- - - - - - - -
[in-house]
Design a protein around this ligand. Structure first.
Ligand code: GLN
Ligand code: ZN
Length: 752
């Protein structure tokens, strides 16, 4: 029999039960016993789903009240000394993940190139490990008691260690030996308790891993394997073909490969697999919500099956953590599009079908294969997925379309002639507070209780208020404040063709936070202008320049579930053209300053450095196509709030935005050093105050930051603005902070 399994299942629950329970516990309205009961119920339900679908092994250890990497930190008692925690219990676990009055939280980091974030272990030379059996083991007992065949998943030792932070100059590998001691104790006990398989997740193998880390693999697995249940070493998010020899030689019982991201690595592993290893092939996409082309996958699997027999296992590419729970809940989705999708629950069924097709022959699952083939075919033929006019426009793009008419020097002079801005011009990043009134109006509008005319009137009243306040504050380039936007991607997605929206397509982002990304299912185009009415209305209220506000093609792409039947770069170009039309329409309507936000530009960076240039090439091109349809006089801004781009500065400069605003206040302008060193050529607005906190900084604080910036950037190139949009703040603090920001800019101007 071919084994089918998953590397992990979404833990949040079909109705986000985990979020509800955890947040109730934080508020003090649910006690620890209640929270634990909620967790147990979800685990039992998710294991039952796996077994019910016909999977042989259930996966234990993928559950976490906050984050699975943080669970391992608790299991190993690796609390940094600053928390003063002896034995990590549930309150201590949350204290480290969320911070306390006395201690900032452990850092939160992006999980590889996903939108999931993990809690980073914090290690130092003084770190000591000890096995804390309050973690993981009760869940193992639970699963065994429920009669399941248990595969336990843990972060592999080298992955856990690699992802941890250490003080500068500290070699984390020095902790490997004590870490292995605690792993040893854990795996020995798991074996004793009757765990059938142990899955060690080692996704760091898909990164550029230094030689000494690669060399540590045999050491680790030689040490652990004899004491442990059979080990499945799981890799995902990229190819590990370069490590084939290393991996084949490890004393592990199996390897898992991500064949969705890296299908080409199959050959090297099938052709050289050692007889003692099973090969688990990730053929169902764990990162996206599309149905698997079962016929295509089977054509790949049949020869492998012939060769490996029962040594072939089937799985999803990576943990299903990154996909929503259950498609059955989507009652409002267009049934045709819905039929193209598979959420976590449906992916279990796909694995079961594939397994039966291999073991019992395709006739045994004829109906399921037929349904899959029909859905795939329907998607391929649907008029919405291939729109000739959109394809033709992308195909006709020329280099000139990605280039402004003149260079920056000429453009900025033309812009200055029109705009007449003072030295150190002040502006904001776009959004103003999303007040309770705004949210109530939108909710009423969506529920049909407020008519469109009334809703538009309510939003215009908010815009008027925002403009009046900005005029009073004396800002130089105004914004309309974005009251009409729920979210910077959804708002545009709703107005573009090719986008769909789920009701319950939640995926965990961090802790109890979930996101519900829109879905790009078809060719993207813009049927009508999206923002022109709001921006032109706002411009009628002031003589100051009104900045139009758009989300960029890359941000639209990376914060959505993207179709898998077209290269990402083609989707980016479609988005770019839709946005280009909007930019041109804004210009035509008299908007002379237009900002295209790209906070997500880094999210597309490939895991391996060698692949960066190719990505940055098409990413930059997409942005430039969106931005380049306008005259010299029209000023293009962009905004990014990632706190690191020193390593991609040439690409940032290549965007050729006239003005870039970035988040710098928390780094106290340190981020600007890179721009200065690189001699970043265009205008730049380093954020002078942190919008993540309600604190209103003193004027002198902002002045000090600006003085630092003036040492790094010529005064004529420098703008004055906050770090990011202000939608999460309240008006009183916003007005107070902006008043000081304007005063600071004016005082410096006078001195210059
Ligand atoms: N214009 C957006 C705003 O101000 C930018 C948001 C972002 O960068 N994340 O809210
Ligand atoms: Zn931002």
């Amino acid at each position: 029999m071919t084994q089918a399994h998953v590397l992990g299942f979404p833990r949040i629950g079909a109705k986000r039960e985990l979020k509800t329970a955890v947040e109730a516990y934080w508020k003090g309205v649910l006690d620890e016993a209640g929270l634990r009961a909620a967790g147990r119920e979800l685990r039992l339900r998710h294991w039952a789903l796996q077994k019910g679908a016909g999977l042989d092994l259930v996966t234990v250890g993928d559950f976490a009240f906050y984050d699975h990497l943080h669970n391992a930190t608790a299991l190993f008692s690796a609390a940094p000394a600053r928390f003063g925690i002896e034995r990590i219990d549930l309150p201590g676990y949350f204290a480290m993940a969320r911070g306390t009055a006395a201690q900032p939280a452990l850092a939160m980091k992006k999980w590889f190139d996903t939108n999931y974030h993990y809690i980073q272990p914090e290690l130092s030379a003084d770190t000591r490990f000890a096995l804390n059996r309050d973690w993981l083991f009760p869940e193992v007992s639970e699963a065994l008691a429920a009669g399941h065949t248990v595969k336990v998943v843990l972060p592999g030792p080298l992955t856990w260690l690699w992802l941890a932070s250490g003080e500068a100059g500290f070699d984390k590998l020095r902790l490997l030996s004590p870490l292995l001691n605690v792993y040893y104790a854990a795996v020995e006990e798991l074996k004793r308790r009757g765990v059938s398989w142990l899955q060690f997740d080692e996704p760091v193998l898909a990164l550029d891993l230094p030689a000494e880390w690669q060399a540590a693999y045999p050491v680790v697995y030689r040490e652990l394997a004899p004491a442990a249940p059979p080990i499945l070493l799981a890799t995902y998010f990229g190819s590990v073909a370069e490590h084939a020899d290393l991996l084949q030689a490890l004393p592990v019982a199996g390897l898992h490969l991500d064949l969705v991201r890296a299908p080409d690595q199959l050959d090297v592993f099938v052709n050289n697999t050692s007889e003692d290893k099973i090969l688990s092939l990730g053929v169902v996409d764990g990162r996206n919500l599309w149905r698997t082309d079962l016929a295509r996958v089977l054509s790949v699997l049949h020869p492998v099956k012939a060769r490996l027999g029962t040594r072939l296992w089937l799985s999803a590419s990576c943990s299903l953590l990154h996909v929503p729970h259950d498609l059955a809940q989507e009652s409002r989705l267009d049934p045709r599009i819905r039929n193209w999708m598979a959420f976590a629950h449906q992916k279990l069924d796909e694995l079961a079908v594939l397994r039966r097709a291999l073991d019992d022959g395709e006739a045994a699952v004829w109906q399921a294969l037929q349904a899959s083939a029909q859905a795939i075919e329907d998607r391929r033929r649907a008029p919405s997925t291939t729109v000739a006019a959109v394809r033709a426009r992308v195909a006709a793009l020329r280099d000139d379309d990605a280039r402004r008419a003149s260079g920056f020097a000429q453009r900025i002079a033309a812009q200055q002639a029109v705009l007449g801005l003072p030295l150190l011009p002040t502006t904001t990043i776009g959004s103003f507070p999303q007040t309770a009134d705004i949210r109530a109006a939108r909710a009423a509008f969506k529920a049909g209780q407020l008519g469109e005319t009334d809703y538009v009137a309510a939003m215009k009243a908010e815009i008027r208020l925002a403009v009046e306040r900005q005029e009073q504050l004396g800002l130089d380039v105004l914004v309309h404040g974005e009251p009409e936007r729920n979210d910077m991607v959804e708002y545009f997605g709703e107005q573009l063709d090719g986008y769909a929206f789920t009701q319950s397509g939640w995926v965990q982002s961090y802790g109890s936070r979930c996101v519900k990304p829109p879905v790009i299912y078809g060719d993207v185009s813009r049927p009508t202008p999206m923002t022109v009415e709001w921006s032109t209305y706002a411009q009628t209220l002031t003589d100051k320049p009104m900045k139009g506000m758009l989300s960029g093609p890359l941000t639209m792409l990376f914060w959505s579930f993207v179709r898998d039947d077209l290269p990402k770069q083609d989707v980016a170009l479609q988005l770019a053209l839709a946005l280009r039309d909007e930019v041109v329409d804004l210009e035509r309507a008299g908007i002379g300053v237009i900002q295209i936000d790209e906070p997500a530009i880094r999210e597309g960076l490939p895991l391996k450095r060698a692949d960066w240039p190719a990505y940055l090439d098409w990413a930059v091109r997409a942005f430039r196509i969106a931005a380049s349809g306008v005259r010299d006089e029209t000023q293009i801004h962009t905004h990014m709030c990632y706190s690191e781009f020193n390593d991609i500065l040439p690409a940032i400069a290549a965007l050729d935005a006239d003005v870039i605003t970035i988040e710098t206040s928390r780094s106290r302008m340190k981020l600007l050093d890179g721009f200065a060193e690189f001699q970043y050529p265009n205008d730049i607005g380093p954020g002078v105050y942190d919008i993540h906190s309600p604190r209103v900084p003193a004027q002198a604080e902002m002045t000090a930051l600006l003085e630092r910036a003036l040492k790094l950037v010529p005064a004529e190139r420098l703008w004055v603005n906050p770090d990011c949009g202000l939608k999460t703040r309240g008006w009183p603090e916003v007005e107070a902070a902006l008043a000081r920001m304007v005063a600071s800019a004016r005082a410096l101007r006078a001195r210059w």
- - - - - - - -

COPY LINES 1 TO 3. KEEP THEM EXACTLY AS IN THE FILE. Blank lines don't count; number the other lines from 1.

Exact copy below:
[in-house]
Design a protein around this ligand. Structure first.
Ligand code: GLN